... lines 30 - 31
new Post(
... line 33
validationContext: ['groups' => ['Default', 'postValidation']],
... lines 36 - 42
... lines 44 - 49
... lines 51 - 296

When the validator validates an object, by default, it validates everything that's in a group called Default. And any time you have a constraint, by default that constraint is in that Default group. So what we're saying here is:

We want to validate all the normal constraints plus any constraints that are in the postValidation group.

Now we can take that postValidation, go down to plainPassword and set groups to postValidation:

... lines 1 - 68
class User implements UserInterface, PasswordAuthenticatedUserInterface
... lines 71 - 95
#[Assert\NotBlank(groups: ['postValidation'])]
private ?string $plainPassword = null;
... lines 98 - 294

That removes this constraint from the Default group and only includes it in the postValidation group. Thanks to this, other operations like Patch will not run this, but the Post operation will.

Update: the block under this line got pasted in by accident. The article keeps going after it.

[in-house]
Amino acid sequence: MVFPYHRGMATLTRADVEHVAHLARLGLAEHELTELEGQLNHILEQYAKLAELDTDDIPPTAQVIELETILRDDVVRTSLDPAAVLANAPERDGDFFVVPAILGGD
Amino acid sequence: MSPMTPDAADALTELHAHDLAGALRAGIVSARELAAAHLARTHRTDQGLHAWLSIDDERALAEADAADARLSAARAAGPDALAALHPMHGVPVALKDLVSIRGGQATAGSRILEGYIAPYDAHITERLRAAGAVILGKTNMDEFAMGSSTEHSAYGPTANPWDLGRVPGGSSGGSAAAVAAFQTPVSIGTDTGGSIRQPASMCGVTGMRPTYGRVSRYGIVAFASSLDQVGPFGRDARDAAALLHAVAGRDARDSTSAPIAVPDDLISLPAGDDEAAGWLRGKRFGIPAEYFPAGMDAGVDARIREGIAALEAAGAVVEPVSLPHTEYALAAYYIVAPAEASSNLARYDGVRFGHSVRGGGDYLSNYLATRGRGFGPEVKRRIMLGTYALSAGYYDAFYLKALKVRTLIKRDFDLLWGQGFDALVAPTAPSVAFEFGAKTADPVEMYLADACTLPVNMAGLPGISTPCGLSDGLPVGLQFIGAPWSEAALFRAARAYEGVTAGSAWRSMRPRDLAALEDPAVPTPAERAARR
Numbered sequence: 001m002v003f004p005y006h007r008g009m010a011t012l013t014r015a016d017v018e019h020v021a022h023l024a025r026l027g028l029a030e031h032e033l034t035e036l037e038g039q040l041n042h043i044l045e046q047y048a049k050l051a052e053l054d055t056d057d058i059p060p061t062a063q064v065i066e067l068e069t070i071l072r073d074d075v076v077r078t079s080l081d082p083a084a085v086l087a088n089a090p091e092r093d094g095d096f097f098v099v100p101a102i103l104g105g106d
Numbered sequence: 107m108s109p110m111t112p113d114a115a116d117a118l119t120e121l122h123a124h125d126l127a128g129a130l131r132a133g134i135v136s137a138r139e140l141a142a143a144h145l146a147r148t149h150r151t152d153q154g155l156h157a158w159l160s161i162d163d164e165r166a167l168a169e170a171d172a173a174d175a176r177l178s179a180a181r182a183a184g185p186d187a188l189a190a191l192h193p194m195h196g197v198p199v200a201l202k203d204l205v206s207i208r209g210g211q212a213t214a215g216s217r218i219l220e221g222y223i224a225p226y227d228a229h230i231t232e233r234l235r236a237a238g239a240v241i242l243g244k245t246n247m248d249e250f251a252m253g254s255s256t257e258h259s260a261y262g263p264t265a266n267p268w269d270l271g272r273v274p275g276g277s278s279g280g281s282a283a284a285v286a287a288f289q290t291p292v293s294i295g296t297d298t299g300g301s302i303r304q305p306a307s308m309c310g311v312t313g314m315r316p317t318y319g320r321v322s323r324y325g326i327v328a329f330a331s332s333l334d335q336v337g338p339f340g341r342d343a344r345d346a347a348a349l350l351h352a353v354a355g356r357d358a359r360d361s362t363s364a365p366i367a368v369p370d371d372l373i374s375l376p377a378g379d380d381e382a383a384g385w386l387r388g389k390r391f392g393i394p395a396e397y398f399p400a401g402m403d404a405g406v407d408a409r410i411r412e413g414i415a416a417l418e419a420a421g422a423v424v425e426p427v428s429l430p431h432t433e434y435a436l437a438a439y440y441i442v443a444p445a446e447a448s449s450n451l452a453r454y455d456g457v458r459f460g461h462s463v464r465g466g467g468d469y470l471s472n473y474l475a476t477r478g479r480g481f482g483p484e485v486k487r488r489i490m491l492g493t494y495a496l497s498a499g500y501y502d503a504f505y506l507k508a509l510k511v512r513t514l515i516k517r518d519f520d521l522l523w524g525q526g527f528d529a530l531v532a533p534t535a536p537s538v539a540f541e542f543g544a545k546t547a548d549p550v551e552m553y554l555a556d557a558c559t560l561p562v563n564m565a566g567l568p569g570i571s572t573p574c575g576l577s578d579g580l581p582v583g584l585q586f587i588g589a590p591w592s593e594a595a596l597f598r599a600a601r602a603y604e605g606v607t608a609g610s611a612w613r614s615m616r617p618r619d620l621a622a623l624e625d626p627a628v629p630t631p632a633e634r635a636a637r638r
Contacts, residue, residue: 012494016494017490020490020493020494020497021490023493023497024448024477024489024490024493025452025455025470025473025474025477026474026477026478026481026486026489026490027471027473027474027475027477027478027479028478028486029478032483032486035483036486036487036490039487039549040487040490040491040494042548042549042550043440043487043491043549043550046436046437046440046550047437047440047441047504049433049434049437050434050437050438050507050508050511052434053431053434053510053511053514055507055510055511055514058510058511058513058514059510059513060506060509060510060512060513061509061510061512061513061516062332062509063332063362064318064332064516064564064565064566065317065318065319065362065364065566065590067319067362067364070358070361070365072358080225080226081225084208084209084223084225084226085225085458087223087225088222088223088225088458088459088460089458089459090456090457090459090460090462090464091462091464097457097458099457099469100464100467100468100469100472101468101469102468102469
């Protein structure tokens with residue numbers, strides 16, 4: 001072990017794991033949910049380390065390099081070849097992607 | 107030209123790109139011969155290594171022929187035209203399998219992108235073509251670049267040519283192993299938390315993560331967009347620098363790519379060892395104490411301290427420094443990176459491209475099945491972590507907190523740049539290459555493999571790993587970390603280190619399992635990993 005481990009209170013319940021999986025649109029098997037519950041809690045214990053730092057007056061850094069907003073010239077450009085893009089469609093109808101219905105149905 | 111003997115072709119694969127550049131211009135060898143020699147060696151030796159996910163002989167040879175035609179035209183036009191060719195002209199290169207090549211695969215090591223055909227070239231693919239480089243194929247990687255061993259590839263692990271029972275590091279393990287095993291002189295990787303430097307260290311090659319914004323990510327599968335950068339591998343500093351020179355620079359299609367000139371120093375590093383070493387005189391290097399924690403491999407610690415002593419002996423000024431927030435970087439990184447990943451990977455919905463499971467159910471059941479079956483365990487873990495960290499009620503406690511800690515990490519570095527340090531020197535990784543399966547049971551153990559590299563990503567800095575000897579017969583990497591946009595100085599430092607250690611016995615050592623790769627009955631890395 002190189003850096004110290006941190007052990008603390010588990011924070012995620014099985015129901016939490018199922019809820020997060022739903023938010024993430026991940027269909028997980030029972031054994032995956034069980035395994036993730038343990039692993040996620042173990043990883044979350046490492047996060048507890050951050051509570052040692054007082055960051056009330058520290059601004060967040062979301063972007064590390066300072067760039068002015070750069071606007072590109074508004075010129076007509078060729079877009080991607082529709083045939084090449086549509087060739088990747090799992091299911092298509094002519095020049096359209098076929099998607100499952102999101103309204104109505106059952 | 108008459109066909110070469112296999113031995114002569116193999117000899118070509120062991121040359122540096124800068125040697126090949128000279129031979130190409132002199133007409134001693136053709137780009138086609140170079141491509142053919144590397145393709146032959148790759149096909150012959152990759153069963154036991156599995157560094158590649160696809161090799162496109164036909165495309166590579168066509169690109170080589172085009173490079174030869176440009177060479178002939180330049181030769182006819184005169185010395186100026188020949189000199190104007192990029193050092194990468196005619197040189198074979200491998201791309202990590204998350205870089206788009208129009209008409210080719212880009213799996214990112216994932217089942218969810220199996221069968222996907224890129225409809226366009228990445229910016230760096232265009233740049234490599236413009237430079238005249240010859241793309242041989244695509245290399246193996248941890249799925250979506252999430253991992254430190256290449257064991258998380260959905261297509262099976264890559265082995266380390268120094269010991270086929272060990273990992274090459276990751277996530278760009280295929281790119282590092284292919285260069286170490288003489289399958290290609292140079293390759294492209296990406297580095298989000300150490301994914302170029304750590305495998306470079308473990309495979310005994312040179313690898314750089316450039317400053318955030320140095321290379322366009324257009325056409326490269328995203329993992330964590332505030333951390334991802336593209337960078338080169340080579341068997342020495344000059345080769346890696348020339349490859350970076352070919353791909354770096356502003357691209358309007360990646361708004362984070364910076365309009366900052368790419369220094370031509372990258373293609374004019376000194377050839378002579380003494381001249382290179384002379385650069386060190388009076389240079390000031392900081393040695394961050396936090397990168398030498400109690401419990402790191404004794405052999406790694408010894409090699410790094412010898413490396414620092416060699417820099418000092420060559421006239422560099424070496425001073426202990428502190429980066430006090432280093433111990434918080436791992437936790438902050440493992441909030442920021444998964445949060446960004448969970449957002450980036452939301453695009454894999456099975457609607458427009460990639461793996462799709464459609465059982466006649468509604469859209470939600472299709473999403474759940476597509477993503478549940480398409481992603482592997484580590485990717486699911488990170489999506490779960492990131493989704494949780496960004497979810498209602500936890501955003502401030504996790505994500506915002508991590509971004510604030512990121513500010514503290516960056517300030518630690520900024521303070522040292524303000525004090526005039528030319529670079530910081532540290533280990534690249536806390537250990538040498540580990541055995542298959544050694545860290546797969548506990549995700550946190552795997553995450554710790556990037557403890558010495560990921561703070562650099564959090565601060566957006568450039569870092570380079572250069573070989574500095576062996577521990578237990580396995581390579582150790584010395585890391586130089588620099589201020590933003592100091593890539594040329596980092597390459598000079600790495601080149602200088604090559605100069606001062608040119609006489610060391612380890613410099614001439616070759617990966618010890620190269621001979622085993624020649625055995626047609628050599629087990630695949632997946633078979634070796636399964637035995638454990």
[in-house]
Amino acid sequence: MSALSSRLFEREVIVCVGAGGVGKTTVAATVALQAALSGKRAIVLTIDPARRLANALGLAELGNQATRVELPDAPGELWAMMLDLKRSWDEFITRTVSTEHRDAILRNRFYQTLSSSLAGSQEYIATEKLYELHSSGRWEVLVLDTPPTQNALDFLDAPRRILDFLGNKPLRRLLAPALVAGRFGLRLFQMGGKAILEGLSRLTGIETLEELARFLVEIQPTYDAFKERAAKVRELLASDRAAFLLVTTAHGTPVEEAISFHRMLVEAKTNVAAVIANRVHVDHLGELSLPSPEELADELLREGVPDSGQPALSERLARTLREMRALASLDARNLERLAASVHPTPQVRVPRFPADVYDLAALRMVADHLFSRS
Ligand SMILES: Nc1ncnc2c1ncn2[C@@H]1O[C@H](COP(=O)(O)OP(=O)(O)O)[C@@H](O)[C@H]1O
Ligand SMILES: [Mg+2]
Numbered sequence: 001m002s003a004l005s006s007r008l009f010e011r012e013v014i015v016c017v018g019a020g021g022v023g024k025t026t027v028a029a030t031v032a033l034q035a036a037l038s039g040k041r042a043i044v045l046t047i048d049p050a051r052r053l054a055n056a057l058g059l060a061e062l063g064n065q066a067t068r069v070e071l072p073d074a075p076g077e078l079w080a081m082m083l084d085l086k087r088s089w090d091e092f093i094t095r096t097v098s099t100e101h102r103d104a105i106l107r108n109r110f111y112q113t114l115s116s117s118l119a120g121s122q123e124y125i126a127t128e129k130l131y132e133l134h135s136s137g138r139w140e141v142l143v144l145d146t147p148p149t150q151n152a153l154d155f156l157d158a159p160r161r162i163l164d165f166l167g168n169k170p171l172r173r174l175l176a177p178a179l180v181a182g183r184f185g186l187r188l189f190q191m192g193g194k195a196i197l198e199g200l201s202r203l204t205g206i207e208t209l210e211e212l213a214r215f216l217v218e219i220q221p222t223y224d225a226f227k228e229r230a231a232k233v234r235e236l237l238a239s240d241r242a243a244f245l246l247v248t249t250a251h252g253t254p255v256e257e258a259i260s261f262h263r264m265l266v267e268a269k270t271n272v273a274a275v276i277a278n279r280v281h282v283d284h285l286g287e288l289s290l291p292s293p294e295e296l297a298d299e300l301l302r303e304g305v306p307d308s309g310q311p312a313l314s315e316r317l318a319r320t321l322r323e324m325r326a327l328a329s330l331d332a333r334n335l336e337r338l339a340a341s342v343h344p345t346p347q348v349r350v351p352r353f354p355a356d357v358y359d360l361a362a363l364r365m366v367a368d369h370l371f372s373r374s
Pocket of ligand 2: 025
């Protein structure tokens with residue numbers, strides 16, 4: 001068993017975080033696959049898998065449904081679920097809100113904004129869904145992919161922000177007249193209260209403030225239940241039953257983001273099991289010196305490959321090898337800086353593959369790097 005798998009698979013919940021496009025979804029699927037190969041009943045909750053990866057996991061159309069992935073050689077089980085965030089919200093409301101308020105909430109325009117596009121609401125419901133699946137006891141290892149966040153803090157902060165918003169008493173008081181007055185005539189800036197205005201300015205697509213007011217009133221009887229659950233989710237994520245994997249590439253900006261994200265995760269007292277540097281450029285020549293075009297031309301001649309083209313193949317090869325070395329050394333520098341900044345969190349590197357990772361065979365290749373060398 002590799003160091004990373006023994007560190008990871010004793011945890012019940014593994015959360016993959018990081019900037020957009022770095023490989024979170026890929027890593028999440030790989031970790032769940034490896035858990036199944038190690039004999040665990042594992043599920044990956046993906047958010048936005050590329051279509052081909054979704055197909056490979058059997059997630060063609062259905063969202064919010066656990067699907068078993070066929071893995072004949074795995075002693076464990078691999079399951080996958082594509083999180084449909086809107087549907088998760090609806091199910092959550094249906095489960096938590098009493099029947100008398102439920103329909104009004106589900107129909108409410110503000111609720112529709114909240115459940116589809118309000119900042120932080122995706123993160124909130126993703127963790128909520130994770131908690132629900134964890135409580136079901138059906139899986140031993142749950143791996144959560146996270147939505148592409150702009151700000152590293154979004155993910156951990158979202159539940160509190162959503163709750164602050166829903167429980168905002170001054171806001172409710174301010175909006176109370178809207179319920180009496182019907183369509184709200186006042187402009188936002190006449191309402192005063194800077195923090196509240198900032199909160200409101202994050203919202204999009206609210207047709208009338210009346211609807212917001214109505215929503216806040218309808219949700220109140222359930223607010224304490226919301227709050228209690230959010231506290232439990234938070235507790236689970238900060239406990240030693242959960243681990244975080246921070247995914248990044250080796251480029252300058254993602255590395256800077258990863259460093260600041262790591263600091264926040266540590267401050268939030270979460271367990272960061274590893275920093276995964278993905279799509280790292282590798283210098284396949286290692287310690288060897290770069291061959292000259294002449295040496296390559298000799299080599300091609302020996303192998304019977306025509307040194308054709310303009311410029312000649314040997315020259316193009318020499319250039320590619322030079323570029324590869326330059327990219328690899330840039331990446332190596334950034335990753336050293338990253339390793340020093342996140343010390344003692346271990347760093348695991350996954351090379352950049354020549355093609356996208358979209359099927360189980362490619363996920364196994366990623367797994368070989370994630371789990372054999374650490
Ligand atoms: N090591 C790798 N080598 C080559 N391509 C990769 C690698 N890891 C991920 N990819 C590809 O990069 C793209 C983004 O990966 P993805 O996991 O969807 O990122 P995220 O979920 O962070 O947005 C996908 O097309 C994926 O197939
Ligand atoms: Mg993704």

Run the test now:

symfony php bin/phpunit --filter=testPatchToUpdateUser

We're unstoppable! In fact, all of our tests are passing!

Careful: PUT Can Create Objects

But head's up! In User, we still have both Put and Patch. I haven't played with it much yet, but the new Put behavior, in theory, does support creating objects. This can make things tricky: do we need to require the password or not? It depends! This might be another reason for removing the Put operation to keep life simple. That gives us one operation for creating and one operation for editing.

Next: let's explore making our serialization groups dynamic based on the user. This will give us another way to include or not include fields based on who is logged in. And it'll lead us towards adding super custom fields.

Leave a comment!

Login or Register to join the conversation
Cat in space

"Houston: no signs of life"
Start the conversation!

What PHP libraries does this tutorial use?

// composer.json
    "require": {
        "php": ">=8.1",